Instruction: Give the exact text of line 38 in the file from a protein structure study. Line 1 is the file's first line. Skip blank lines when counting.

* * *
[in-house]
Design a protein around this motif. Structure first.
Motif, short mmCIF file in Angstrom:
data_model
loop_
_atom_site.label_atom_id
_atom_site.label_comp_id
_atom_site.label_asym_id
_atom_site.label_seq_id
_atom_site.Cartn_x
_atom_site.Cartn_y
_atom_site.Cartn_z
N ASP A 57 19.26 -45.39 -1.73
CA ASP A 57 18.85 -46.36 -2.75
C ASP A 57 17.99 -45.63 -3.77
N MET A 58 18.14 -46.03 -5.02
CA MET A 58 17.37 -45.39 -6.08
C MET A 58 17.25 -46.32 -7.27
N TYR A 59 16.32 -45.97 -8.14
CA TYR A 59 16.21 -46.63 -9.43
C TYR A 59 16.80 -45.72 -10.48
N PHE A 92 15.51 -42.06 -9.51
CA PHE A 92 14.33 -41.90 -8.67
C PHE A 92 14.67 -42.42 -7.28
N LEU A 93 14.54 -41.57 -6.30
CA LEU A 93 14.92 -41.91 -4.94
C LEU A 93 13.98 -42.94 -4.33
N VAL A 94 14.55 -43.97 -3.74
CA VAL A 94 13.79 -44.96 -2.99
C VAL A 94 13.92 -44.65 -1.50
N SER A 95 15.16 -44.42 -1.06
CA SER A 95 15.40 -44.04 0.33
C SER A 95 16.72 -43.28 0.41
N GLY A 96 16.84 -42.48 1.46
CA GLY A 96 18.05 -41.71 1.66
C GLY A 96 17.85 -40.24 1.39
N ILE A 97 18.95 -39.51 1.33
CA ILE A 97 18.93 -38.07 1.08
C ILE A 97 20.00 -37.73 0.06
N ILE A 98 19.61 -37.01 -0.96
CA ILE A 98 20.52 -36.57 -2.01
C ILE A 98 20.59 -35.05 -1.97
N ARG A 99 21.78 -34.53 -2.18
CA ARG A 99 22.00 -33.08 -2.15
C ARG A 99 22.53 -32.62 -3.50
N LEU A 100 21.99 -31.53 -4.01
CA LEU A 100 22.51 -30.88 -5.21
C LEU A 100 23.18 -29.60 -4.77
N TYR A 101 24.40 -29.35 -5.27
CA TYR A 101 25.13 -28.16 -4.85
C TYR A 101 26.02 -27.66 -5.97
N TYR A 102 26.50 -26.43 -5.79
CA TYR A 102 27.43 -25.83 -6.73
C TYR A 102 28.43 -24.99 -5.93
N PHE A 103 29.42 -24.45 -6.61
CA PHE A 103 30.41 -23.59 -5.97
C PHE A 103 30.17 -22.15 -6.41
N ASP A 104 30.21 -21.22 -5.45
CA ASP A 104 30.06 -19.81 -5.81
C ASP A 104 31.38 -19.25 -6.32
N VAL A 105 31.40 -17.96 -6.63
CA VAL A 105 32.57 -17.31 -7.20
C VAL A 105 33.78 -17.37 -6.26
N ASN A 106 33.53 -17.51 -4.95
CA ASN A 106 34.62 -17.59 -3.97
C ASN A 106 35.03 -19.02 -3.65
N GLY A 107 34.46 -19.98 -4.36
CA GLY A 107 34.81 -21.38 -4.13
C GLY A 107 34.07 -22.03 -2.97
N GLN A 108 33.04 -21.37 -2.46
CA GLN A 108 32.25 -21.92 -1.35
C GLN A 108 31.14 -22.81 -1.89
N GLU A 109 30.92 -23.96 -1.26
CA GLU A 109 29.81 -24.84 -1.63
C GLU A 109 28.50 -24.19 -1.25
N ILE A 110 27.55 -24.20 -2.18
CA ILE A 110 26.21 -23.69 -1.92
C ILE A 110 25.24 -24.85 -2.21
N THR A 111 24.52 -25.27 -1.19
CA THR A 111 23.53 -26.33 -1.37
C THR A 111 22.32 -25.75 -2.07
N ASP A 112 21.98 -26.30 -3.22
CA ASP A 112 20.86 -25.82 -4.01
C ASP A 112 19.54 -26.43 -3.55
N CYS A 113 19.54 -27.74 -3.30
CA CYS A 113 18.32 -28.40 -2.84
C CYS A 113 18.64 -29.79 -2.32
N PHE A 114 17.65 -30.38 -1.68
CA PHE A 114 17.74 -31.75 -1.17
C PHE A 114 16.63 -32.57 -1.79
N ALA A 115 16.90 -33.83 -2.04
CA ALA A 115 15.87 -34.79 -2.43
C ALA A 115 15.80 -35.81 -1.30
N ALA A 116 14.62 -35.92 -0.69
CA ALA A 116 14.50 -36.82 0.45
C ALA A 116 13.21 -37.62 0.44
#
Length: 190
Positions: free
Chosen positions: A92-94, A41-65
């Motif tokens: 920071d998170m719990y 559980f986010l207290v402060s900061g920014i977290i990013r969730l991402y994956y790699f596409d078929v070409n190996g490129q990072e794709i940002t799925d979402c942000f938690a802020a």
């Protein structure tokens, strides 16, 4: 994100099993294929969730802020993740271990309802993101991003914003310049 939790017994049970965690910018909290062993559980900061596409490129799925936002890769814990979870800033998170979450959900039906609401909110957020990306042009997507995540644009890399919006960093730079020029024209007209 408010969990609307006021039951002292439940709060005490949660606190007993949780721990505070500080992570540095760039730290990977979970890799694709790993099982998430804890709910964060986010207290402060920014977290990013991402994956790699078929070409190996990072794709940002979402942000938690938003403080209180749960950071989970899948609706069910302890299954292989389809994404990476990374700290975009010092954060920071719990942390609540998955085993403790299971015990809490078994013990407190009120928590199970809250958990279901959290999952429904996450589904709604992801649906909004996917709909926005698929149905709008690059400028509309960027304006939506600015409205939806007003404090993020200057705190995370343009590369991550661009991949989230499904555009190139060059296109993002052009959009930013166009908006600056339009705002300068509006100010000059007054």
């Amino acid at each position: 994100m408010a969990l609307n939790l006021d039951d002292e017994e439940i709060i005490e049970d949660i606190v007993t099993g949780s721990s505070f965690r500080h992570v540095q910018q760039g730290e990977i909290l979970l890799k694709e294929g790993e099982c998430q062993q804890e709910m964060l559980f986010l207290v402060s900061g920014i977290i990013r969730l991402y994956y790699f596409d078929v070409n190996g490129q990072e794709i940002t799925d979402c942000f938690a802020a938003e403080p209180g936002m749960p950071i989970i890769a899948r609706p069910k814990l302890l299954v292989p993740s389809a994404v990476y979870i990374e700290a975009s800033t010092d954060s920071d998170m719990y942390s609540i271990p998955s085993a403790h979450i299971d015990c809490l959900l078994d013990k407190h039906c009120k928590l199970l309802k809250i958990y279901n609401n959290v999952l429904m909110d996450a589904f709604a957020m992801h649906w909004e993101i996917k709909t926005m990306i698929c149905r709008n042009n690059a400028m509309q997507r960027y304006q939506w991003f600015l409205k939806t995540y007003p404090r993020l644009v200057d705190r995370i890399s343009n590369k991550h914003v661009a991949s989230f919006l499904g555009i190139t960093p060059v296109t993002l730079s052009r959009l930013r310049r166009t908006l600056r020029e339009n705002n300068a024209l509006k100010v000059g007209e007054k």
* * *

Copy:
CA ILE A 97 18.93 -38.07 1.08